We’re entering week 4 here at Mizzou, almost a quarter of the way done with the semester. So far, I’ve gone to one of my in-person classes (just once), quarantined for two weeks, found out I never even got Coronavirus from three different exposures and hallucinated that my cat was in my trash closet.
So it’s been hectic. But I’d like to tell you more about how the COVID-19 pandemic is being handled at an SEC school from a personal standpoint. This is Mizzou — we’re in Missouri. It’s already a red state, being occasionally challenged by godsends like Cori Bush. But other than that, the state is filled with people like our governor, Mike Parson, who thinks college students will be fine because, ya know, they aren’t going to hospitals. Our Chancellor happens to agree.
Mun Choi, the UM System President and University of Missouri Chancellor said recently in an article by the Kansas City Star Editorial Board, “Students and young people in that age group do recover at a very high rate,” referring to people aged 18-22. That might explain why he and the rest of the Mizzou administration are so hot on bumping up the “recovered” numbers on our COVID-19 dashboard literally as fast as possible.
I know I’m jumping around a lot here, but let’s just run through a few of Choi’s top hits so far as Chancellor (many of these are general administration actions but would most likely require his approval):
- was initially instated as interim chancellor while administration looked for a new permanent replacement, then established himself chancellor
- refused to remove Thomas Jefferson statue that students and faculty openly expressed disliking towards and started a petition against, even after presenting evidence of TJ’s racist history and extremely minor connection to the University (seriously … there’s like no reason for that statue to be here)
- brought Mizzou students back to campus during a global pandemic and did not lower tuition
- approved a Mizzou COVID-19 dashboard that would update “every two days”
- excluded COVID-positive students that went back home to quarantine from the “Active Student Cases” number
- blocked students who were criticizing him on Twitter
- unblocked them when threatened with a lawsuit
The thing is, I’ve been sitting here for so long hating Mun Choi and acting like what he’s doing affects me at all … when it doesn’t. It affects Black students, minority students, low-income students and high-risk students so much more. Big politicians and billionaires are not very personal problems. They affect everyone in the universe. Mun Choi is close to home, though. While I’ve had all these beliefs before, I think these Mizzou-specific issues are reminding me, and others of so much privilege, why it is so important that we raise the voices of our fellow students and citizens because we actually see Mun Choi’s impact every day.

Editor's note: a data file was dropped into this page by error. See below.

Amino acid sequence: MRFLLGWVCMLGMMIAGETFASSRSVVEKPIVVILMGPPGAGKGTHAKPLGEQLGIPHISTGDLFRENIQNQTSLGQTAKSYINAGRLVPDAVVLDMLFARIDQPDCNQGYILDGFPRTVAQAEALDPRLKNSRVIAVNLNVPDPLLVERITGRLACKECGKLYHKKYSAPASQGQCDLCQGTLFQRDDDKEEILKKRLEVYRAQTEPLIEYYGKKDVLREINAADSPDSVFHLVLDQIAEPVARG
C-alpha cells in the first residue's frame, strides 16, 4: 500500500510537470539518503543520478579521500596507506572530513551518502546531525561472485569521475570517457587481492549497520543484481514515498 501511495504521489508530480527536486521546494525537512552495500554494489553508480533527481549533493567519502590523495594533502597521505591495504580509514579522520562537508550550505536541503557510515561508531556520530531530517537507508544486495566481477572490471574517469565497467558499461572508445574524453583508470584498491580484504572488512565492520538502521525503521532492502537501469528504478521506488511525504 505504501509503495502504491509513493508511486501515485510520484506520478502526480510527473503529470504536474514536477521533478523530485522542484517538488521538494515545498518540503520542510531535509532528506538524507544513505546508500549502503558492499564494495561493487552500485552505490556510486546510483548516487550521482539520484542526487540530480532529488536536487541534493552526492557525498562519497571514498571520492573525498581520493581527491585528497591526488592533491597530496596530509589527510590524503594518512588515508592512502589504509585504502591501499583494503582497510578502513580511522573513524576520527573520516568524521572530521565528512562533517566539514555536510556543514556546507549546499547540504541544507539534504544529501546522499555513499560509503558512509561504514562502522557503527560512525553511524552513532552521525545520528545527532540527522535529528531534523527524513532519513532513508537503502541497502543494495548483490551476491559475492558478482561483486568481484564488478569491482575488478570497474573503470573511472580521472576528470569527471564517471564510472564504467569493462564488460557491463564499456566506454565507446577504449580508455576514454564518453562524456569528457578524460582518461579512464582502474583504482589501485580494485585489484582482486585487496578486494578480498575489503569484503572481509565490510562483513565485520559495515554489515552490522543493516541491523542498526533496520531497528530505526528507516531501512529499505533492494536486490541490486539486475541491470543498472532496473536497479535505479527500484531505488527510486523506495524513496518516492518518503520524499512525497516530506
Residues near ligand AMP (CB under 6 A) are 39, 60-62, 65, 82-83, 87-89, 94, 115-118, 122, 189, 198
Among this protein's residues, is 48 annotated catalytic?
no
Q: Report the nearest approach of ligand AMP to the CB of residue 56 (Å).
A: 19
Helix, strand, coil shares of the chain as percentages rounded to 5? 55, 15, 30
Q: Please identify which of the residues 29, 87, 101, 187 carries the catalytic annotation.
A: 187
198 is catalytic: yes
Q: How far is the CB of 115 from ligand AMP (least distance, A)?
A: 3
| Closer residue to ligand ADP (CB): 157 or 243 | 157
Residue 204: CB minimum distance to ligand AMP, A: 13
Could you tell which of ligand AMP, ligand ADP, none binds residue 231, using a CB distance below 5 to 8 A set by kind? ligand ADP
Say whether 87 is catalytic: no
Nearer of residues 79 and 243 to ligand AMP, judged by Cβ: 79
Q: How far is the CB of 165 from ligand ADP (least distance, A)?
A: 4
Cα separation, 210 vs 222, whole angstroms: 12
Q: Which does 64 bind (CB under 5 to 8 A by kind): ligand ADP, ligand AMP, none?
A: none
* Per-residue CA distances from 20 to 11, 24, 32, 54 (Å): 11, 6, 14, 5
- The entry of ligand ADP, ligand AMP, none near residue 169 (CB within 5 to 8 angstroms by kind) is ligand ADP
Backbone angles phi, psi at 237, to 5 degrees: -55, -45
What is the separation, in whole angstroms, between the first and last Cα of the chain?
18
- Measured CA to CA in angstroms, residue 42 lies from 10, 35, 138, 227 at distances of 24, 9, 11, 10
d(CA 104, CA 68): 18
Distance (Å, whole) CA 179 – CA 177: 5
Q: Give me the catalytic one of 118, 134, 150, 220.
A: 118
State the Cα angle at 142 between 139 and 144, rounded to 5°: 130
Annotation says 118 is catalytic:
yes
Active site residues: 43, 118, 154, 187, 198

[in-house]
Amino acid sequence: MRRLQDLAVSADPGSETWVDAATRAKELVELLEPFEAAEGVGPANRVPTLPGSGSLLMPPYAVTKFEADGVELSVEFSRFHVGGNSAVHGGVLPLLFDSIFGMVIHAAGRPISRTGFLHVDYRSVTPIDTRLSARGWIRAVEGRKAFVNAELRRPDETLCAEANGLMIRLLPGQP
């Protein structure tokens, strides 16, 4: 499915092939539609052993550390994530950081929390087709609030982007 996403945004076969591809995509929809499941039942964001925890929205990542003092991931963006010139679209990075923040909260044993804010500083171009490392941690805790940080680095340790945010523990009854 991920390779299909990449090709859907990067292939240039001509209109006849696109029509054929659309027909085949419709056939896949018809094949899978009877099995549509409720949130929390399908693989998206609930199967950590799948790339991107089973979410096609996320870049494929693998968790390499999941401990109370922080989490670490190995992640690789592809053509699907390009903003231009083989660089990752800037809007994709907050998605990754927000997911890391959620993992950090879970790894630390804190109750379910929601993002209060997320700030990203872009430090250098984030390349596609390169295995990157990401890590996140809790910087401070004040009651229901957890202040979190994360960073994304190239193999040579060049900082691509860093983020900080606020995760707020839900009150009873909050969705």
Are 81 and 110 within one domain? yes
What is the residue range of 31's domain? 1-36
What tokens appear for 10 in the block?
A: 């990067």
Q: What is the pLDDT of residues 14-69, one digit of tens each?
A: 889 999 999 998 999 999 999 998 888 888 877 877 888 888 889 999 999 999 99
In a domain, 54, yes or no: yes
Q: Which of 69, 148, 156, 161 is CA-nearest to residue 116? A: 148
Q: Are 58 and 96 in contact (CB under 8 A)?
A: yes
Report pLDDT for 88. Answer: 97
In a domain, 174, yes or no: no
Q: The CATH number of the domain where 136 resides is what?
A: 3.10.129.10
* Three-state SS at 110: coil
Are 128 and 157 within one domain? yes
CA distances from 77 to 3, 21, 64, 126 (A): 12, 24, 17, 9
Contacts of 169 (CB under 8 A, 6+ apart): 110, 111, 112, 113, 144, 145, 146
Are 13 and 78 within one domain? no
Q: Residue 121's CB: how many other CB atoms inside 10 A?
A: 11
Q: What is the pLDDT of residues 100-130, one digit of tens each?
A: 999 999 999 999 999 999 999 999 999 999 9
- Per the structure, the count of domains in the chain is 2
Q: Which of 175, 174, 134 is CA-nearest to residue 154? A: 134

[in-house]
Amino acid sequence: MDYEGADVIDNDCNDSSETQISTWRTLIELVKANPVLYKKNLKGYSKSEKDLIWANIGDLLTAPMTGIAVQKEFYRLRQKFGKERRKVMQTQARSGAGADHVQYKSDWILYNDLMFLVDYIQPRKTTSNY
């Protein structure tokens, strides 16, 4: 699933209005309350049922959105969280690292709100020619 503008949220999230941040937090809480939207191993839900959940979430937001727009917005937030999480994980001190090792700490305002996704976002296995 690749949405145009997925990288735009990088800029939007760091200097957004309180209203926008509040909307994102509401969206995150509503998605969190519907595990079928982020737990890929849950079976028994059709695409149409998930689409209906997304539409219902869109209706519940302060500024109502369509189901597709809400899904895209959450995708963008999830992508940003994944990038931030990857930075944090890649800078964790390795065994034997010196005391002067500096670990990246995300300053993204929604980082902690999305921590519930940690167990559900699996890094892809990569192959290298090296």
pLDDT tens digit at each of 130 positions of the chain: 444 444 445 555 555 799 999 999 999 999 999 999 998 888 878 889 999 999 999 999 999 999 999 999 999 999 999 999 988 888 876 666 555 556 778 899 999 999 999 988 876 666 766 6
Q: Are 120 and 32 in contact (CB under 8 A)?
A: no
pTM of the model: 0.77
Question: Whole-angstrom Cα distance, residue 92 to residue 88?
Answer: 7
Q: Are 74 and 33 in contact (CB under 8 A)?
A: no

COVID-19 has not been handled well so far here in Columbia on an administrative front. A friend of mine is involved in the Missouri Students Association, Mizzou’s student government, and often gives me the low-down on how admin has f*cked up each week. Usually, they claim case investigators and contact tracers are completely caught up, but one of my roommates literally never got called by a case investigator once they tested positive (and yes, they reported the positive case). I was called twice by two different contact tracers more than a week and a half after my initial exposure and one of them told me to get tested a third time because I was still negative, while the other told me to just wait out the rest of the quarantine.
I’m sure it’s difficult to be managing a school of tens of thousands of students, but the lack of consideration for students’ well-being is really astounding. My dad has worked at a midwestern university for almost my entire life, so sometimes I can see it both ways when students are upset about the way administration has handled something. But this I just can’t understand.
After my three roommates tested positive, I knew I had to get tested again. So, a few days later, I drove to the testing site only to get turned away and was told to call a number to get a referral. When I called that number, I was told I couldn’t get one because I had already been tested and then was transferred to a different number. This person told me I had to have a Telehealth appointment the next day with a doctor in order to get a referral for a test. If I didn’t have insurance, that appointment would have cost up to $59.
This is not only Mizzou though. Pretty much every college across the country is struggling with spikes because of some combination of lack of testing, transparency, leadership and responsibility. And we can’t put all the blame on Mizzou when our governmental leadership looks like … well, what it looks like.
We’re just looking for some transparency, and quite honestly, some decency, Choi. Is 1,300 cases not enough?